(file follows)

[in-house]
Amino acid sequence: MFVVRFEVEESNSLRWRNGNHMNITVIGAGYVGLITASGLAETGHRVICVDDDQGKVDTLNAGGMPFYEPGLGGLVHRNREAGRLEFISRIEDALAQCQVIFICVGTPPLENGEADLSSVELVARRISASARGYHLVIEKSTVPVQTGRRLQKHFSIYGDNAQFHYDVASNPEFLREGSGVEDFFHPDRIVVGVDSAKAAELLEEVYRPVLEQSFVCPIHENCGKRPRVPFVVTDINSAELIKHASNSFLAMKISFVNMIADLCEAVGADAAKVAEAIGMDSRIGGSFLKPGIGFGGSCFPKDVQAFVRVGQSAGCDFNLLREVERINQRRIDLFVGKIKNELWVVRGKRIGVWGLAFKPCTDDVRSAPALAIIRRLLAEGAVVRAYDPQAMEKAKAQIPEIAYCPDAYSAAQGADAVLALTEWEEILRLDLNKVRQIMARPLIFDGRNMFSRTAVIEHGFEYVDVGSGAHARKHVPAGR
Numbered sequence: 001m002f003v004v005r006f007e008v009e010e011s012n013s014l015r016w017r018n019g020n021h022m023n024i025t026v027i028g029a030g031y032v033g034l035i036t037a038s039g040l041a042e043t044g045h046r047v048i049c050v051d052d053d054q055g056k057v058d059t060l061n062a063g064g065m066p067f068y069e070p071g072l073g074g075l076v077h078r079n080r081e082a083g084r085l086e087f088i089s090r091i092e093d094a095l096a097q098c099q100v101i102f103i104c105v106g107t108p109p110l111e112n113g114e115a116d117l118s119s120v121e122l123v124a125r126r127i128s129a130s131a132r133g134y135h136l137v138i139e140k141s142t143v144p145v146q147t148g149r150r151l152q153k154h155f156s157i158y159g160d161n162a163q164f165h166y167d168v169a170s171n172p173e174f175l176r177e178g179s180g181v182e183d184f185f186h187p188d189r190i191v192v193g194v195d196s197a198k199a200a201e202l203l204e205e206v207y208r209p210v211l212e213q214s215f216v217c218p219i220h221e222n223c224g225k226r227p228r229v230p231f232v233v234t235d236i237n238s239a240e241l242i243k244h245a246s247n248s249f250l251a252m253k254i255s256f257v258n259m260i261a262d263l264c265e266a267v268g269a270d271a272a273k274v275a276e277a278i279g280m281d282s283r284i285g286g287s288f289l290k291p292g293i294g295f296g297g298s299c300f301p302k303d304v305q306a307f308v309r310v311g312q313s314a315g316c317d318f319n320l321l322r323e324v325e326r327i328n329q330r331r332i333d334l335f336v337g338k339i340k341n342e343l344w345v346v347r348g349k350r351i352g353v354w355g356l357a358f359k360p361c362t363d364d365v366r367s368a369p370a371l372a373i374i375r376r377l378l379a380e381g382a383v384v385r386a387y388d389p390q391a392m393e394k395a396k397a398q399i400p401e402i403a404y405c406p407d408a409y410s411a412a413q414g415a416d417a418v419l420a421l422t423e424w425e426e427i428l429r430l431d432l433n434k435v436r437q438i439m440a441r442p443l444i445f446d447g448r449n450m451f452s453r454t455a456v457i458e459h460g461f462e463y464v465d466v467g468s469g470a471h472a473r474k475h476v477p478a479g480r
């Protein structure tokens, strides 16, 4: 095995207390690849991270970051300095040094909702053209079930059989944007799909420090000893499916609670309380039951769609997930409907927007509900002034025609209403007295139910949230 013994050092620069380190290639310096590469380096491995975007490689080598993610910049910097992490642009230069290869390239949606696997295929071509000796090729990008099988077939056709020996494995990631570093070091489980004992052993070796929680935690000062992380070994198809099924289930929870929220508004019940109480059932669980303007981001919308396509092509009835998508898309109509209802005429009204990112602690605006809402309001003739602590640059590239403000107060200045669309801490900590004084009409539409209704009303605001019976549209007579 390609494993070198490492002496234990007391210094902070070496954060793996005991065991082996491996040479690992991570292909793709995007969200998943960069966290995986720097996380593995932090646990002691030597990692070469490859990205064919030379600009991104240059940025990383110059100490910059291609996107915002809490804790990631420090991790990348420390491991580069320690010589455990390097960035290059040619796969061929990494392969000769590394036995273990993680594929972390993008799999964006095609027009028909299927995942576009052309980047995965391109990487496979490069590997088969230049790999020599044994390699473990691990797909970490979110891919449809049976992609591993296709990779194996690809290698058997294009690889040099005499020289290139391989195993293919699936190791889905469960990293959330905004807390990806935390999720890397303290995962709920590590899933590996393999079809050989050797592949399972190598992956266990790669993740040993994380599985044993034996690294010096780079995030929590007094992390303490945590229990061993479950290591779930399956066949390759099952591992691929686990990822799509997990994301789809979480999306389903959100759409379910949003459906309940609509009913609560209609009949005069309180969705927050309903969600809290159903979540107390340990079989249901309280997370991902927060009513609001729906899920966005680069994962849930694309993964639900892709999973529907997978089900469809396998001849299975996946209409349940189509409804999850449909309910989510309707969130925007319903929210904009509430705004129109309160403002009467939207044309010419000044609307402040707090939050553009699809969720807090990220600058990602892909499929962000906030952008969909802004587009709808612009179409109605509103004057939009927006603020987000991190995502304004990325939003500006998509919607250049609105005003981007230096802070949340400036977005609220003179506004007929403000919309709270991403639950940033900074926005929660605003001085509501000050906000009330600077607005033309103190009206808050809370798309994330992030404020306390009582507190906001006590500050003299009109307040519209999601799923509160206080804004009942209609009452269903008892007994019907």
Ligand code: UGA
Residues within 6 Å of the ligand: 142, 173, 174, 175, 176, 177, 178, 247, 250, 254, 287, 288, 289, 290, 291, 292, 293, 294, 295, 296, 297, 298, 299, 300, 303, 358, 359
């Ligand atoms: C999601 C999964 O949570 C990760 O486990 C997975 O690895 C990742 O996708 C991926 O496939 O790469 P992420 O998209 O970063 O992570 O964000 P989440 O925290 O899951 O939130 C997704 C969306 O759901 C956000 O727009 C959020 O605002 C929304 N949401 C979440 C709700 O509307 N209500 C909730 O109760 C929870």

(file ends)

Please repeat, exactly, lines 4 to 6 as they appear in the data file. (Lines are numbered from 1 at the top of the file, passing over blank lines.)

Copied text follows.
């Protein structure tokens, strides 16, 4: 095995207390690849991270970051300095040094909702053209079930059989944007799909420090000893499916609670309380039951769609997930409907927007509900002034025609209403007295139910949230 013994050092620069380190290639310096590469380096491995975007490689080598993610910049910097992490642009230069290869390239949606696997295929071509000796090729990008099988077939056709020996494995990631570093070091489980004992052993070796929680935690000062992380070994198809099924289930929870929220508004019940109480059932669980303007981001919308396509092509009835998508898309109509209802005429009204990112602690605006809402309001003739602590640059590239403000107060200045669309801490900590004084009409539409209704009303605001019976549209007579 390609494993070198490492002496234990007391210094902070070496954060793996005991065991082996491996040479690992991570292909793709995007969200998943960069966290995986720097996380593995932090646990002691030597990692070469490859990205064919030379600009991104240059940025990383110059100490910059291609996107915002809490804790990631420090991790990348420390491991580069320690010589455990390097960035290059040619796969061929990494392969000769590394036995273990993680594929972390993008799999964006095609027009028909299927995942576009052309980047995965391109990487496979490069590997088969230049790999020599044994390699473990691990797909970490979110891919449809049976992609591993296709990779194996690809290698058997294009690889040099005499020289290139391989195993293919699936190791889905469960990293959330905004807390990806935390999720890397303290995962709920590590899933590996393999079809050989050797592949399972190598992956266990790669993740040993994380599985044993034996690294010096780079995030929590007094992390303490945590229990061993479950290591779930399956066949390759099952591992691929686990990822799509997990994301789809979480999306389903959100759409379910949003459906309940609509009913609560209609009949005069309180969705927050309903969600809290159903979540107390340990079989249901309280997370991902927060009513609001729906899920966005680069994962849930694309993964639900892709999973529907997978089900469809396998001849299975996946209409349940189509409804999850449909309910989510309707969130925007319903929210904009509430705004129109309160403002009467939207044309010419000044609307402040707090939050553009699809969720807090990220600058990602892909499929962000906030952008969909802004587009709808612009179409109605509103004057939009927006603020987000991190995502304004990325939003500006998509919607250049609105005003981007230096802070949340400036977005609220003179506004007929403000919309709270991403639950940033900074926005929660605003001085509501000050906000009330600077607005033309103190009206808050809370798309994330992030404020306390009582507190906001006590500050003299009109307040519209999601799923509160206080804004009942209609009452269903008892007994019907």
Ligand code: UGA
Residues within 6 Å of the ligand: 142, 173, 174, 175, 176, 177, 178, 247, 250, 254, 287, 288, 289, 290, 291, 292, 293, 294, 295, 296, 297, 298, 299, 300, 303, 358, 359